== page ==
$10,500 back-pay for Japanese backpackers
20 February 2015
Three Japanese backpackers who worked at a café in Sydney have been reimbursed a total of $10,500 after the Fair Work Ombudsman found they had been underpaid.
The three young women took part-time jobs after arriving in Australia on the 417 working holiday visa.
They were underpaid their minimum hourly rate and penalty rates, receiving an average of about $14 an hour.
As casual employees, they should have received more than $20 an hour for normal hours, as well as additional penalty rates for late night, weekend and public holiday work.
The employees realised they had been short-changed when they read about Australian wage rates in a student magazine.
They then contacted the Fair Work Ombudsman for assistance.
Fair Work inspectors subsequently determined that the underpayments were a genuine mistake on the part of the café owner, also from Japan.
The business had no history of non-compliance with workplace laws.
However, it has received a Letter of Caution from the Fair Work Ombudsman.
The letter puts the employer on notice that compliance with workplace laws is now expected.
Fair Work Ombudsman Natalie James says the business avoided further enforcement action by fully co-operating with Fair Work inspectors.
“This is an example of our fair, reasonable and proportionate response to employers who admit their mistakes, fix them immediately and put systems in place to ensure the errors are not repeated in future,” she said.
“However, we are conscious that overseas workers can be vulnerable if they are not fully aware of their workplace rights, and are often reluctant to complain, so we won’t hesitate to take action against those who seek to take advantage of that vulnerability.”
The Fair Work Ombudsman has a strong focus on ensuring that the workplace rights of overseas workers are upheld.
In August, the Agency announced a review into the wages and conditions of overseas workers in Australia on the 417 working holiday visa (see media release – Fair Work Ombudsman to review entitlements of overseas visa-holders on working holidays).
“We want the experience of an overseas worker in Australia to be a positive one. And we simply aim to ensure that all those who work here are treated with respect and accorded the same rights as local workers,” Ms James said.
Other recent recoveries in Sydney’s CBD and surrounding suburbs include:
- $9700 for an engineer at Alexandria not paid redundancy pay entitlements upon termination of employment,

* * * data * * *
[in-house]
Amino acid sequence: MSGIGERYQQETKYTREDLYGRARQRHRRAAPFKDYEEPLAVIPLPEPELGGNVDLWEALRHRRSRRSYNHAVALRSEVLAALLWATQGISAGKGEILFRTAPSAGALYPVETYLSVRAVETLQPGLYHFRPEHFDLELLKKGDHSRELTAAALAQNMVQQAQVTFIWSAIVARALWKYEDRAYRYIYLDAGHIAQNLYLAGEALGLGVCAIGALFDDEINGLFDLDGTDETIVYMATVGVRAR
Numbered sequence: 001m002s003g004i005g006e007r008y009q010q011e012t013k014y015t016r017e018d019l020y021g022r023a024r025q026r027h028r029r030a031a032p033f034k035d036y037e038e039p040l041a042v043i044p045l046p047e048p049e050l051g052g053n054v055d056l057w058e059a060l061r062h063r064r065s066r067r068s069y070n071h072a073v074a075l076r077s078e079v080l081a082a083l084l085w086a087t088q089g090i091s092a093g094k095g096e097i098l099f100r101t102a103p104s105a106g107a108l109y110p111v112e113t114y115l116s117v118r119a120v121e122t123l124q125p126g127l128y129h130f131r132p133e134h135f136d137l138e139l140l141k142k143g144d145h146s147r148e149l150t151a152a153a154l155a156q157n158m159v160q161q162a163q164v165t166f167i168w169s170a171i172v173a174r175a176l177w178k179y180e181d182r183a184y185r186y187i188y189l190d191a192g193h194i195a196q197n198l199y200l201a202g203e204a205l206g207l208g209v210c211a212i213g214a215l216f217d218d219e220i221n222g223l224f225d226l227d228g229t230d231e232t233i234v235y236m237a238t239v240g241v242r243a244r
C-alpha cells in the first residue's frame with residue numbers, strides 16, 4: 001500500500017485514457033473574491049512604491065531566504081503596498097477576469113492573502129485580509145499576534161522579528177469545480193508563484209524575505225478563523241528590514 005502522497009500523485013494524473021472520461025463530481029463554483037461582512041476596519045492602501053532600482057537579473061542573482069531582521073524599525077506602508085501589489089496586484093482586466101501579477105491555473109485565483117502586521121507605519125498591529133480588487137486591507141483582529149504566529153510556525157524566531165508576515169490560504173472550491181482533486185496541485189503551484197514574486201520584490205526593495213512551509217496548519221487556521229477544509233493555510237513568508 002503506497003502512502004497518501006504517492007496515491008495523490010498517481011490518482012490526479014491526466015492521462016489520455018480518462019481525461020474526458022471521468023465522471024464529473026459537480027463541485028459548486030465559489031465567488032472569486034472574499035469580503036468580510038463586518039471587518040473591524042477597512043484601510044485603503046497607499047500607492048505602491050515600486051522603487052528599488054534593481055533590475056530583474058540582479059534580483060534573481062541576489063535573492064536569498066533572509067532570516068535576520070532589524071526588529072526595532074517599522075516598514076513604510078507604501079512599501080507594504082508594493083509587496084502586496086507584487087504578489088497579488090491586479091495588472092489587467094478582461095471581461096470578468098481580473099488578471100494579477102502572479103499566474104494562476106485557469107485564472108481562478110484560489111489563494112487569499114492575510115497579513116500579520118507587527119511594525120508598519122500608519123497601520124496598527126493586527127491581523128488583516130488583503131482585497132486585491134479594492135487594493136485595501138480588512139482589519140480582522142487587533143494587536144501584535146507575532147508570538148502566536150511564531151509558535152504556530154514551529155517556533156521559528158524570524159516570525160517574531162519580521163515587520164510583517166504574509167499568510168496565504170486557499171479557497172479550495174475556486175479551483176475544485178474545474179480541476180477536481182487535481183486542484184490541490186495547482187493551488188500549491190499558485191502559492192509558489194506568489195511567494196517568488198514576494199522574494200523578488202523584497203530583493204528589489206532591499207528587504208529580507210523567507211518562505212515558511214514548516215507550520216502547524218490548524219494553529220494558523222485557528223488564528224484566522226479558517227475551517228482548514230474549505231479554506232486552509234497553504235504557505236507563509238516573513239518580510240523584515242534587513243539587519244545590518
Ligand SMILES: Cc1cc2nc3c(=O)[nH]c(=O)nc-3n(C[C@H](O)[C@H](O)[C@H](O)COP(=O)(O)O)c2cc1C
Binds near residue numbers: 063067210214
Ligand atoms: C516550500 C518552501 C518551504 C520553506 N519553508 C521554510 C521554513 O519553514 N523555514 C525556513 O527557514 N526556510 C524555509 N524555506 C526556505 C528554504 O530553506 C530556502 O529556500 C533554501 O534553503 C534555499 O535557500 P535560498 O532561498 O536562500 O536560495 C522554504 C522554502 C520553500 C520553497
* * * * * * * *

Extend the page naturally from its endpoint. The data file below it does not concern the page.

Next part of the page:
- $9000 for a storeman at a Waterloo wholesale business underpaid the minimum hourly rate,
- $7700 for nine child care workers and support staff at a CBD child care centre underpaid their minimum hourly rates,
- $7500 for a car park attendant in the CBD not paid his annual leave entitlements on termination of employment,
- $6400 for a specialist at a CBD medical clinic not paid his annual leave entitlements on termination of employment, and
- $5700 for a telemarketer at Surry Hills underpaid the minimum hourly rate.
The employees were reimbursed all money owed without the need for further action after Fair Work inspectors contacted the businesses and explained their obligations.
Inspectors also assisted employers to put processes in place to ensure they comply with workplace laws in the future.
Ms James says the Fair Work Ombudsman can assist employers with accurate, reliable information that is easy to access, understand and apply.
Online tools available at www.fairwork.gov.au include PayCheck Plus to determine the correct award and minimum wages for employees, templates for pay slips and time-and-wages records and a range of Best Practice Guides.
Employers and employees seeking assistance can consult the range of free tools and resources available on the website, or call the Fair Work Infoline on 13 13 94.
Small businesses can opt to be put through to a priority HelpLine.
A free interpreter service is also available on 13 14 50, and information on the website is translated into 26 languages at www.fairwork.gov.au/languages.
The Fair Work Ombudsman supports compliant, productive and inclusive Australian workplaces and aims to build a culture of compliance with workplace laws.
Nicci de Ryk, Senior Media Adviser
Mobile: 0466 522 004